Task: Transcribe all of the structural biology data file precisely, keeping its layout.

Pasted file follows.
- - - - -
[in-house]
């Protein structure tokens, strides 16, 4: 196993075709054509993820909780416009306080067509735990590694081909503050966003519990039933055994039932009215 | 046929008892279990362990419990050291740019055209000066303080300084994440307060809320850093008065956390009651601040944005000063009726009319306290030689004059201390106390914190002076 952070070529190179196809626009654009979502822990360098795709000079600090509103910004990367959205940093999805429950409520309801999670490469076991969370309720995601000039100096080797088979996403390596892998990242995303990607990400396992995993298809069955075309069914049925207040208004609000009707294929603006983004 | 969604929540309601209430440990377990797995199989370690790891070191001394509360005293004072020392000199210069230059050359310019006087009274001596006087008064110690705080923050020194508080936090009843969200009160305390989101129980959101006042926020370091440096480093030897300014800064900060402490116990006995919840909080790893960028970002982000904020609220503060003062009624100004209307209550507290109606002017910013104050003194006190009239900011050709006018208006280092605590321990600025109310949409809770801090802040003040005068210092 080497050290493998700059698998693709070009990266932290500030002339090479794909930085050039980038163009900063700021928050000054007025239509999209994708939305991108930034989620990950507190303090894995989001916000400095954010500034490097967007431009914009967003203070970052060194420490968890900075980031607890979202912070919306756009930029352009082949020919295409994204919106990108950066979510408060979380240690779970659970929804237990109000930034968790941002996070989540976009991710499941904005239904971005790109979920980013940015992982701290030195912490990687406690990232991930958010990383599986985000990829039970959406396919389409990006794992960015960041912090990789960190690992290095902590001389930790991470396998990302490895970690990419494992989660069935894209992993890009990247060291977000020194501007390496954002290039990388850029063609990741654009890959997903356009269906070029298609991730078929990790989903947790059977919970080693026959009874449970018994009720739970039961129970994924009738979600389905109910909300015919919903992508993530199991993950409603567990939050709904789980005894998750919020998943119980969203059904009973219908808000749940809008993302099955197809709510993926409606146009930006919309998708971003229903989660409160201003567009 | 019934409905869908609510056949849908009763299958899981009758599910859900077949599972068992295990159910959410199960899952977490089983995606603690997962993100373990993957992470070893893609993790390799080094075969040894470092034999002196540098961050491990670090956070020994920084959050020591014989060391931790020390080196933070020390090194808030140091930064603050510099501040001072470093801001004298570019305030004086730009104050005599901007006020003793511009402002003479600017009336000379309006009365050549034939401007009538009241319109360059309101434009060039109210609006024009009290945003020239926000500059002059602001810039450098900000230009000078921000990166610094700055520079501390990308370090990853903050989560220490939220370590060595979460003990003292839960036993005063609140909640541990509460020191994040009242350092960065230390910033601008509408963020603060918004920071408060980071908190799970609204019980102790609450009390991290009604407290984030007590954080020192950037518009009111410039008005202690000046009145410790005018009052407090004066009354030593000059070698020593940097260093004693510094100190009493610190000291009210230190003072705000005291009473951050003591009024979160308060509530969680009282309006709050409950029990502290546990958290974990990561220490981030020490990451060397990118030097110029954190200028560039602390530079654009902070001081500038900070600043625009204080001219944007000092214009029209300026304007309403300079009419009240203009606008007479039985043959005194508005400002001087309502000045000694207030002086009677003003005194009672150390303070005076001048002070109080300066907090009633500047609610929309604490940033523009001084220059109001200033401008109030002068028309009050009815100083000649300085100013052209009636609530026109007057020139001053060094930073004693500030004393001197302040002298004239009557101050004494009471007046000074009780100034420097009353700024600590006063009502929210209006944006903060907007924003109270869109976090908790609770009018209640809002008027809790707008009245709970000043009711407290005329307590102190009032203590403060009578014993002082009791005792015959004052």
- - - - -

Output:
[in-house]
């Protein structure tokens, strides 16, 4: 196993075709054509993820909780416009306080067509735990590694081909503050966003519990039933055994039932009215 | 046929008892279990362990419990050291740019055209000066303080300084994440307060809320850093008065956390009651601040944005000063009726009319306290030689004059201390106390914190002076 952070070529190179196809626009654009979502822990360098795709000079600090509103910004990367959205940093999805429950409520309801999670490469076991969370309720995601000039100096080797088979996403390596892998990242995303990607990400396992995993298809069955075309069914049925207040208004609000009707294929603006983004 | 969604929540309601209430440990377990797995199989370690790891070191001394509360005293004072020392000199210069230059050359310019006087009274001596006087008064110690705080923050020194508080936090009843969200009160305390989101129980959101006042926020370091440096480093030897300014800064900060402490116990006995919840909080790893960028970002982000904020609220503060003062009624100004209307209550507290109606002017910013104050003194006190009239900011050709006018208006280092605590321990600025109310949409809770801090802040003040005068210092 080497050290493998700059698998693709070009990266932290500030002339090479794909930085050039980038163009900063700021928050000054007025239509999209994708939305991108930034989620990950507190303090894995989001916000400095954010500034490097967007431009914009967003203070970052060194420490968890900075980031607890979202912070919306756009930029352009082949020919295409994204919106990108950066979510408060979380240690779970659970929804237990109000930034968790941002996070989540976009991710499941904005239904971005790109979920980013940015992982701290030195912490990687406690990232991930958010990383599986985000990829039970959406396919389409990006794992960015960041912090990789960190690992290095902590001389930790991470396998990302490895970690990419494992989660069935894209992993890009990247060291977000020194501007390496954002290039990388850029063609990741654009890959997903356009269906070029298609991730078929990790989903947790059977919970080693026959009874449970018994009720739970039961129970994924009738979600389905109910909300015919919903992508993530199991993950409603567990939050709904789980005894998750919020998943119980969203059904009973219908808000749940809008993302099955197809709510993926409606146009930006919309998708971003229903989660409160201003567009 | 019934409905869908609510056949849908009763299958899981009758599910859900077949599972068992295990159910959410199960899952977490089983995606603690997962993100373990993957992470070893893609993790390799080094075969040894470092034999002196540098961050491990670090956070020994920084959050020591014989060391931790020390080196933070020390090194808030140091930064603050510099501040001072470093801001004298570019305030004086730009104050005599901007006020003793511009402002003479600017009336000379309006009365050549034939401007009538009241319109360059309101434009060039109210609006024009009290945003020239926000500059002059602001810039450098900000230009000078921000990166610094700055520079501390990308370090990853903050989560220490939220370590060595979460003990003292839960036993005063609140909640541990509460020191994040009242350092960065230390910033601008509408963020603060918004920071408060980071908190799970609204019980102790609450009390991290009604407290984030007590954080020192950037518009009111410039008005202690000046009145410790005018009052407090004066009354030593000059070698020593940097260093004693510094100190009493610190000291009210230190003072705000005291009473951050003591009024979160308060509530969680009282309006709050409950029990502290546990958290974990990561220490981030020490990451060397990118030097110029954190200028560039602390530079654009902070001081500038900070600043625009204080001219944007000092214009029209300026304007309403300079009419009240203009606008007479039985043959005194508005400002001087309502000045000694207030002086009677003003005194009672150390303070005076001048002070109080300066907090009633500047609610929309604490940033523009001084220059109001200033401008109030002068028309009050009815100083000649300085100013052209009636609530026109007057020139001053060094930073004693500030004393001197302040002298004239009557101050004494009471007046000074009780100034420097009353700024600590006063009502929210209006944006903060907007924003109270869109976090908790609770009018209640809002008027809790707008009245709970000043009711407290005329307590102190009032203590403060009578014993002082009791005792015959004052």